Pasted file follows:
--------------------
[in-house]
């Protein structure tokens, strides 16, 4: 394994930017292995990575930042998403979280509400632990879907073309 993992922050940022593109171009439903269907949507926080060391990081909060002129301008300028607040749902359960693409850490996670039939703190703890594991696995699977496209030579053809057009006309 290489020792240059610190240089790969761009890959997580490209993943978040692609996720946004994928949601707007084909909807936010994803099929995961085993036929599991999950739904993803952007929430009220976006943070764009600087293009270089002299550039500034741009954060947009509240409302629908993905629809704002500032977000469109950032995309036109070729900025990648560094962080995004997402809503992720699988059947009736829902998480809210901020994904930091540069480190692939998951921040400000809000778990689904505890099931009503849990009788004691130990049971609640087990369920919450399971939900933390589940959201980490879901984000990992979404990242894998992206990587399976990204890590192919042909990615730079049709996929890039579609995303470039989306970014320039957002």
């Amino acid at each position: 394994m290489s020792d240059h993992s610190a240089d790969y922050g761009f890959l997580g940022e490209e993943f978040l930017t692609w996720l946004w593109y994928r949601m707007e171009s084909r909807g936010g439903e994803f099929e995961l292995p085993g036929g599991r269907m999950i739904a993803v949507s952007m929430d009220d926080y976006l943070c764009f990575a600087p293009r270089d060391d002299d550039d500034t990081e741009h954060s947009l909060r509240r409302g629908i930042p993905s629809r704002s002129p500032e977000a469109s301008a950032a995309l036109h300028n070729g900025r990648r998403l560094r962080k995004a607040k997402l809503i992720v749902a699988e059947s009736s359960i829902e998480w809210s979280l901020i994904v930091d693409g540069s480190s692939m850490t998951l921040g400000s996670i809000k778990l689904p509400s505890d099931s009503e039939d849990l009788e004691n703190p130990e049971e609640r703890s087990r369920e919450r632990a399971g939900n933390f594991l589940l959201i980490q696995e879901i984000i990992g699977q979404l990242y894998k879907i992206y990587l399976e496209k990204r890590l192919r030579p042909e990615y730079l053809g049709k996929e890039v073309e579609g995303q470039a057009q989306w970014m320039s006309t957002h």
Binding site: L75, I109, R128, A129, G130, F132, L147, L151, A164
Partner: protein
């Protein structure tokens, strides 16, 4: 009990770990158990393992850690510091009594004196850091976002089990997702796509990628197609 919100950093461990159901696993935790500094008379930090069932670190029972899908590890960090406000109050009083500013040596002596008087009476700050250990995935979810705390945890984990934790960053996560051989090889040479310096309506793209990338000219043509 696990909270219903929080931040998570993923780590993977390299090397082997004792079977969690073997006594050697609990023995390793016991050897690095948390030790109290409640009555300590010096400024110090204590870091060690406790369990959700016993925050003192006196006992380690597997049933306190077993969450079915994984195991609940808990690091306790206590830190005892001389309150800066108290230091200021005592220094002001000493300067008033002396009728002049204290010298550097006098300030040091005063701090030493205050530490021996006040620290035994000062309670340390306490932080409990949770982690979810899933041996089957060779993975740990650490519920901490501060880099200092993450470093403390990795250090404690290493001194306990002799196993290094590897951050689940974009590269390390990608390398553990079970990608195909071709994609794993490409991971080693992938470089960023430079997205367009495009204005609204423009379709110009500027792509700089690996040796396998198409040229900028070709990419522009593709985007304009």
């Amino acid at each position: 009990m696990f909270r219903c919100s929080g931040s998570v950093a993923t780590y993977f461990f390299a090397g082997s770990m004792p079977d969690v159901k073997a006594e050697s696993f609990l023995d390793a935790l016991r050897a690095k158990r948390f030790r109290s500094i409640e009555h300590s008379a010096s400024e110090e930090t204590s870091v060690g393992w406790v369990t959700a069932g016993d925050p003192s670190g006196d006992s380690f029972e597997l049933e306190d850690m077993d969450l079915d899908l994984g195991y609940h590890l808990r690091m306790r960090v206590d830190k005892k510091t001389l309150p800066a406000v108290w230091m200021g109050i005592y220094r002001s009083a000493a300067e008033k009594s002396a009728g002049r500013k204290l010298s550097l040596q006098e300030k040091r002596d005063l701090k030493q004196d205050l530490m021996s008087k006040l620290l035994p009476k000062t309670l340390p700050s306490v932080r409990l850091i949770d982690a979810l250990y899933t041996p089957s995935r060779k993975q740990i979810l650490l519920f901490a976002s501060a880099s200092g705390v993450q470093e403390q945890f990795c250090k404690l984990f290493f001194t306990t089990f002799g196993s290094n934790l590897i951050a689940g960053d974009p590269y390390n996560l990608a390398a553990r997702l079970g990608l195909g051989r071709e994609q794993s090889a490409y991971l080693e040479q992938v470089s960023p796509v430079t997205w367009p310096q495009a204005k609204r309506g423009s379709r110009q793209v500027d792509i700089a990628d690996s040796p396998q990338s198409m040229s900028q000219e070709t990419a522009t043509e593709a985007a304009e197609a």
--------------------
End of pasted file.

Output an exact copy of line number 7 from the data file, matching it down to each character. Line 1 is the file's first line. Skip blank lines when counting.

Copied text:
């Amino acid at each position: 009990m696990f909270r219903c919100s929080g931040s998570v950093a993923t780590y993977f461990f390299a090397g082997s770990m004792p079977d969690v159901k073997a006594e050697s696993f609990l023995d390793a935790l016991r050897a690095k158990r948390f030790r109290s500094i409640e009555h300590s008379a010096s400024e110090e930090t204590s870091v060690g393992w406790v369990t959700a069932g016993d925050p003192s670190g006196d006992s380690f029972e597997l049933e306190d850690m077993d969450l079915d899908l994984g195991y609940h590890l808990r690091m306790r960090v206590d830190k005892k510091t001389l309150p800066a406000v108290w230091m200021g109050i005592y220094r002001s009083a000493a300067e008033k009594s002396a009728g002049r500013k204290l010298s550097l040596q006098e300030k040091r002596d005063l701090k030493q004196d205050l530490m021996s008087k006040l620290l035994p009476k000062t309670l340390p700050s306490v932080r409990l850091i949770d982690a979810l250990y899933t041996p089957s995935r060779k993975q740990i979810l650490l519920f901490a976002s501060a880099s200092g705390v993450q470093e403390q945890f990795c250090k404690l984990f290493f001194t306990t089990f002799g196993s290094n934790l590897i951050a689940g960053d974009p590269y390390n996560l990608a390398a553990r997702l079970g990608l195909g051989r071709e994609q794993s090889a490409y991971l080693e040479q992938v470089s960023p796509v430079t997205w367009p310096q495009a204005k609204r309506g423009s379709r110009q793209v500027d792509i700089a990628d690996s040796p396998q990338s198409m040229s900028q000219e070709t990419a522009t043509e593709a985007a304009e197609a």